When Universal Studios first released their film Balto around Christmas of 1995, they weren’t just telling a nice story. The film is based on a true story, and one about just how remarkable the bond between humans and dogs really is. Back in 1925, a dog named Balto and his handler were responsible for delivering life saving medicine to a village in Alaska during a particularly brutal arctic winter.
The Origin Of Balto
Balto was an all-black Siberian Husky born in Nome, Alaska back in 1923. He was bred by the owner of the famous sled dog Togo, Leonhard Seppala, and he was originally considered to be unfit to live the life of a true Alaskan sled dog. Balto was said to have a barrel chest and a stocky build, which was far removed from the slender and athletic build one would look for in a pup to join a sled team. Because of this, Balto was sent to do freighting, which involved hauling sleds of cargo to and from where they needed to be.
Balto proved himself to be a talented cargo freighting dog, but that wasn’t where his talents ended.
Diphtheria Outbreak Of 1925
In 1925 the town of Nome, Alaska was experiencing a diphtheria outbreak. While most commonly found in children, diphtheria can affect individuals of any age. The disease is caused by the bacteria Corynebacterium diphtheriae and may be spread from person to person inside of respiratory droplets or by touching open sores. The bacteria creates a toxin that attacks the tissues of the respiratory system, as well as sometimes causing sores or infections of the skin.
To beat diphtheria, one would need an antitoxin serum, which was often difficult to come by in remote parts of Alaska during the 1920’s. As the disease can spread from person to person quickly, the residents of Nome were searching for a solution to get the antitoxin to the village where it was needed.
The nearest available doses of the diphtheria antitoxin were available all the way in Anchorage, Alaska, but they could be transported from Anchorage to Nenana. From Nenana to Nome was typically a month-long sled dog trip, which would be entirely too long to ward off the disease from taking over the entire town. This outbreak was taking place in January, a time of year when it was too dangerous for planes to fly, and often too icy for the railways that connected Nenana to Nome.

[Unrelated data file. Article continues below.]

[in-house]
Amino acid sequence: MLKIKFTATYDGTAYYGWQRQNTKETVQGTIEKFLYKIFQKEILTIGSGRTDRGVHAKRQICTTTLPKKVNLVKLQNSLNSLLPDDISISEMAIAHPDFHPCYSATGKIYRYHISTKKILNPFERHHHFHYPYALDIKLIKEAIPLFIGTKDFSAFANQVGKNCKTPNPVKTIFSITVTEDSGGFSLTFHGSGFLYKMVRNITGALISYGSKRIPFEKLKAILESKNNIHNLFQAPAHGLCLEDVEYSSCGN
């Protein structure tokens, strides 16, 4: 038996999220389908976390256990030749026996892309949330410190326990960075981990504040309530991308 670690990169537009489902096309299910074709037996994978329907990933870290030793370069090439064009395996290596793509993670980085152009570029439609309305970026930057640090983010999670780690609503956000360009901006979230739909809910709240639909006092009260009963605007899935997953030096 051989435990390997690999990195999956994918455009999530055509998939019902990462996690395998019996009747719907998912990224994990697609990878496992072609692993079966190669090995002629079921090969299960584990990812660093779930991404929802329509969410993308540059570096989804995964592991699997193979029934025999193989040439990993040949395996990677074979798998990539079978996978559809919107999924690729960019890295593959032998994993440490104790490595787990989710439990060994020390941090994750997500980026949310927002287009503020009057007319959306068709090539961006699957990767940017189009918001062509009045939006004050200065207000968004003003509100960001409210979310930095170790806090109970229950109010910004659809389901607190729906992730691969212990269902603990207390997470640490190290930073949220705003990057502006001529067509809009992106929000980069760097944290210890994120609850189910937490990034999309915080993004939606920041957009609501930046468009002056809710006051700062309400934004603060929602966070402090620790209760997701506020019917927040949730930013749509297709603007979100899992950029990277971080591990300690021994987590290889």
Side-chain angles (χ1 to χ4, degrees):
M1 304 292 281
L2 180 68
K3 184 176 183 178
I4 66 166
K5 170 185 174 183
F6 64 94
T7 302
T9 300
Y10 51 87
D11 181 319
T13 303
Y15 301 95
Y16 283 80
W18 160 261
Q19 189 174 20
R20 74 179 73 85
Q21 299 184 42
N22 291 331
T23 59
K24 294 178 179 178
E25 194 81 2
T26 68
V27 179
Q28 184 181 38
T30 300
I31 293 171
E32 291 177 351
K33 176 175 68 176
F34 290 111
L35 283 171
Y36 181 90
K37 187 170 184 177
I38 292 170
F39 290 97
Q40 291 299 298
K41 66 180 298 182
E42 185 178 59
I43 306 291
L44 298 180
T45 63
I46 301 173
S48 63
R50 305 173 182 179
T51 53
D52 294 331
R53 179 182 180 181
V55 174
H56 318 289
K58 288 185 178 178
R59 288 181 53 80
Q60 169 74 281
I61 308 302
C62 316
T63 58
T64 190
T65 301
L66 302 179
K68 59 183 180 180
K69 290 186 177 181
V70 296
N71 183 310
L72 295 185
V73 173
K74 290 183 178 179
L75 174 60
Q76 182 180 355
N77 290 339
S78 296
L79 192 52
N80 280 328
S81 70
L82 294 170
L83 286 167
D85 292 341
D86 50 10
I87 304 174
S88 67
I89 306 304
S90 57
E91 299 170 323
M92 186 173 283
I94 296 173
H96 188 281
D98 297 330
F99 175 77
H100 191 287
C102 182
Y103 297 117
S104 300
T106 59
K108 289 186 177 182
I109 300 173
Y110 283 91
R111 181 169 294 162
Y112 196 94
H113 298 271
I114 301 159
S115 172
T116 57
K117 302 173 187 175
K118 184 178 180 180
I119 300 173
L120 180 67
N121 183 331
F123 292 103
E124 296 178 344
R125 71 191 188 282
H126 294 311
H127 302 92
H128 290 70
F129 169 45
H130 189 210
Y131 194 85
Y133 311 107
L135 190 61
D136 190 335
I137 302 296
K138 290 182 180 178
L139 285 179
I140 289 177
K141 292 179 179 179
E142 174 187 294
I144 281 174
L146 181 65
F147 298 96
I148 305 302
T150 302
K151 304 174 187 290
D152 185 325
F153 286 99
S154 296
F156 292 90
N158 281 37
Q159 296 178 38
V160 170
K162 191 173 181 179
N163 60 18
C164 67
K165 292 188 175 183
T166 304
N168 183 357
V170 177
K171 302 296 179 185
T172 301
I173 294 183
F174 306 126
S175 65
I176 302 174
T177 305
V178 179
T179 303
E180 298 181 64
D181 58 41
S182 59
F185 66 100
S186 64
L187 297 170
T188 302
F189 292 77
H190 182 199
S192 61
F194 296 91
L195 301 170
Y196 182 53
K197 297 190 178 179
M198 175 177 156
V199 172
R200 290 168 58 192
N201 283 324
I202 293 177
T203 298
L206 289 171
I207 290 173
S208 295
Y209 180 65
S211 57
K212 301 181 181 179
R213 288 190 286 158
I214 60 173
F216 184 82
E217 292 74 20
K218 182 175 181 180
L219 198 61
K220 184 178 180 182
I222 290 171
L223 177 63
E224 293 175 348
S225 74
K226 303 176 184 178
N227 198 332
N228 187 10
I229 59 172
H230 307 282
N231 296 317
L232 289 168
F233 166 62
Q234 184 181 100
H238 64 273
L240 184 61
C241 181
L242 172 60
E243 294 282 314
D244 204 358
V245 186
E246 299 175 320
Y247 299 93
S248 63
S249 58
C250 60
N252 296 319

Forming A Plan
The antitoxin would have to get from Nenana to Nome as quickly as possible, so the area’s top sled dog drivers devised a plan to set up a relay in order to get the medicine to Nome. More than 20 citizens of Nome and their 100 sled dogs volunteered to take on the task during a harsh Alaskan winter. The route they chose was the 650-mile freight route known as the Iditarod.
One of the volunteers was none other than the man responsible for breeding Balto, Leonhard Seppala, who brought along with him his best team of imported Siberian huskies lead by his prized Togo. Balto’s owner, Gunnar Kaasen, was putting his faith in the 3-year-old freighting dog Balto, with the stocky build and a barrel chest, to lead his team.
The Journey From Nenana To Nome
The antitoxin arrived in Nenana on January 27th of 1925, and was on the same day whisked away on the way to Nome by the first sled dog team. Each leg of the relay ranged from 24 to 52 miles, depending on the terrain and what the weather conditions would allow. Leonhard Seppala and Togo’s team took on one of the longest and most perilous legs of the journey.
Gunnar Kaasen had the last leg of the relay, and were tasked with delivering the medicine on the final stretch to Nome. High winds at times lifted the sled dog team in the air, but Balto stayed the course and drove the cargo into town. The entire journey, which normally takes a month, took about 128 hours of travel to deliver the antitoxin, and it arrived in Nome in the early morning hours of February 2nd, 1925.
Despite his inexperience as a sled dog, his young age, and his equally inexperienced musher, Balto and his team made a perilous trip to save the town from being overtaken by the diphtheria outbreak. While this was not a one dog or one musher job, and each member of the volunteer party contributed to the incredible feat of delivery the antitoxin to Nome, Balto became the symbol of the effort and a symbol for hope in the face of adversity.
Balto After Nome
In December of 1925, sculptor Frederick Roth created a bronze statue of Balto with an inscription honoring the “indomitable spirit” of Balto and all of the sled dogs involved with the relay. Balto and his owner Gunnar Kaasen were present for the statue’s unveiling in New York City’s Central Park. In the immediate years following the relay, Balto and Kaasen were celebrities on the Vaudeville circuit and even had a two-reel film called Balto’s Race to Nome made about them by filmmaker Sol Lesser.
Balto and his fellow sled dogs retired in Cleveland, Ohio thanks to a fund created by businessman George Kimbel in 1927. This is where they rested for the rest of their years. Balto lived a full life and passed at the age of 14 in 1933. His remains were given to a taxidermist, where they remain on display at the Cleveland Museum of Natural History.
The Legacy Of The Relay
The famed relay that brought the antitoxin to Nome wasn’t just the inspiration for the 1995 animated film Balto. In 1973 was the start of the “Last Great Race on Earth”, or the Iditarod Trail Sled Dog Race inspired by the very route taken by the relay teams. During the 10 days of the race, the community of Nome celebrates Iditarod Week as a tribute to the time the town was saved.